Uh, no, dude. She doesn’t.

And, I mean, seriously, out of all the thinly-Christianized pagan celebrations to take hold this side of the Atlantic, how did crappy old Valentine’s Day manage to make it onto that list? Why can’t we celebrate May Day and dance around may poles? How come we don’t do anything for St. John’s Eve, a.k.a. Midsummer? I would way rather build some bad-ass bonfires in June than hand out ugly, mass-produced cards in February.

All of this was part of the reason why my roommates and I decided to throw an Anti-Valentine’s-Day party during second year. My mother had put a package of pink, heart-shaped Post-It notes in my stocking that Christmas, so we used those to decorate our apartment, scrawling things like, “LOVE IS AN ILLUSION” and “FUCK YOU” on them. You know, the usual romantic stuff.

Aside from the fact that a girl that no one liked and no one would admit to inviting ended up vomiting red wine all over our bathroom, the party was a resounding success.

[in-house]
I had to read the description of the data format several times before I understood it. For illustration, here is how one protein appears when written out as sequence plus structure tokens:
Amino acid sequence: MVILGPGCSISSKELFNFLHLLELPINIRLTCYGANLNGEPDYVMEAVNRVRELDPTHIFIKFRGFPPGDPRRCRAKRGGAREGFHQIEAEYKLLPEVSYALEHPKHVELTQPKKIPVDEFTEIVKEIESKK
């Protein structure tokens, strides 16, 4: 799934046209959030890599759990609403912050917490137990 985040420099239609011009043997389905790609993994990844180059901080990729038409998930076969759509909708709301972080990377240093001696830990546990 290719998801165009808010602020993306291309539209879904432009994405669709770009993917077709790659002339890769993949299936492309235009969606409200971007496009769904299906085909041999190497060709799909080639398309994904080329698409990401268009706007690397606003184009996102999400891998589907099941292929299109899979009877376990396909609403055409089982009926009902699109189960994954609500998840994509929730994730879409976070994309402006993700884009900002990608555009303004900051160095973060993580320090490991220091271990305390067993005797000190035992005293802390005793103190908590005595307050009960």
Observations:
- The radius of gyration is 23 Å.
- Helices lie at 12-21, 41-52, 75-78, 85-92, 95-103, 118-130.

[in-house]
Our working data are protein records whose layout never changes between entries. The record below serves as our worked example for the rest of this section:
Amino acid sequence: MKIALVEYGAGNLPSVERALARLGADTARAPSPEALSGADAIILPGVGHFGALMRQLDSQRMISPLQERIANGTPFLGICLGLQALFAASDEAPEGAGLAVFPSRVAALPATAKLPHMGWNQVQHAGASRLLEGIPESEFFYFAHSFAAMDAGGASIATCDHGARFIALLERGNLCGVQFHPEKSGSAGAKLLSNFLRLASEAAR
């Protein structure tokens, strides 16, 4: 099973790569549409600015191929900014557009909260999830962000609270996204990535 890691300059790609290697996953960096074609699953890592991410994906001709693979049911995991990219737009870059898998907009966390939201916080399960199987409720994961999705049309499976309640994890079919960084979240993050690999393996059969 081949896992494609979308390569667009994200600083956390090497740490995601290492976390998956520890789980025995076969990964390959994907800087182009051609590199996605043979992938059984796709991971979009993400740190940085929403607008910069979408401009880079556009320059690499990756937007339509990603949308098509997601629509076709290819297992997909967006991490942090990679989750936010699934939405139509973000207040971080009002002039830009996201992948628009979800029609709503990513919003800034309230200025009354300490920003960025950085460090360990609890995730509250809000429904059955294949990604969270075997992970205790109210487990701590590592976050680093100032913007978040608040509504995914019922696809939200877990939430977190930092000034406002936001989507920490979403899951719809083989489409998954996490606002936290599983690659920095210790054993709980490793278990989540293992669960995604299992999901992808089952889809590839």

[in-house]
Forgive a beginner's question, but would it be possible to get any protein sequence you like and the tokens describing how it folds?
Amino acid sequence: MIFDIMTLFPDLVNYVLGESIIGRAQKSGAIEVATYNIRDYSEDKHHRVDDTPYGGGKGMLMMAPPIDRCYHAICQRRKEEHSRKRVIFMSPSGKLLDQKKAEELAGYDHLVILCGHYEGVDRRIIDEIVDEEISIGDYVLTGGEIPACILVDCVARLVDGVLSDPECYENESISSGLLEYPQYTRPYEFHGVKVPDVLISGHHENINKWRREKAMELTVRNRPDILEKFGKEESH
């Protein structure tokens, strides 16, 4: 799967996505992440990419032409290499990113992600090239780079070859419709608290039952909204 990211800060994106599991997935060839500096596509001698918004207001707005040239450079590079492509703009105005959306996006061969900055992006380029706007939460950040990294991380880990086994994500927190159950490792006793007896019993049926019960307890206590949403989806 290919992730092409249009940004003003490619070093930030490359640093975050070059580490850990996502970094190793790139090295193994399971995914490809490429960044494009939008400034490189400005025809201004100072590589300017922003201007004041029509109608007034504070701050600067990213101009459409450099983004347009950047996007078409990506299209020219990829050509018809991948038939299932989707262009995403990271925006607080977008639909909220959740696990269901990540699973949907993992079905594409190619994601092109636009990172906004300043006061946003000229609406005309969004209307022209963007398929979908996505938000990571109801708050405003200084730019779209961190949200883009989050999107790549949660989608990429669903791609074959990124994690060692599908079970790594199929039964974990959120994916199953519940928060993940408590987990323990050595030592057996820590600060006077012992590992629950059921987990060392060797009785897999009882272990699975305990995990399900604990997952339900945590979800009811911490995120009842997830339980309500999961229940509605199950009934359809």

The next year, my friends and I celebrated Valentine’s Day a little differently. Our plans started innocently enough: we were going to go eat greasy, delicious, non-romantic food and then go somewhere for drinks. There were four of us, two of whom had boyfriends, and all we really wanted was a quiet, Galentine’s night out.

Once we got to the pub, things went downhill fast.

A few drinks into the evening, the ranting began. And, naturally, the more we drank, the more belligerent we became.

“Fuck Valentine’s Day!” said one of my friends, “People think it’s all about women, but really it’s all about dicks getting some action.”

“Yeah, fuck dicks,” said another. “I mean, don’t actually fuck them, but also, fuck them.”

“Valentine’s Day should be for clits, not dicks! Dudes should be obligated to prove that they can perform proper oral sex before taking a woman out for V-Day,” said someone else. “Clit not dick! Clit not dick!”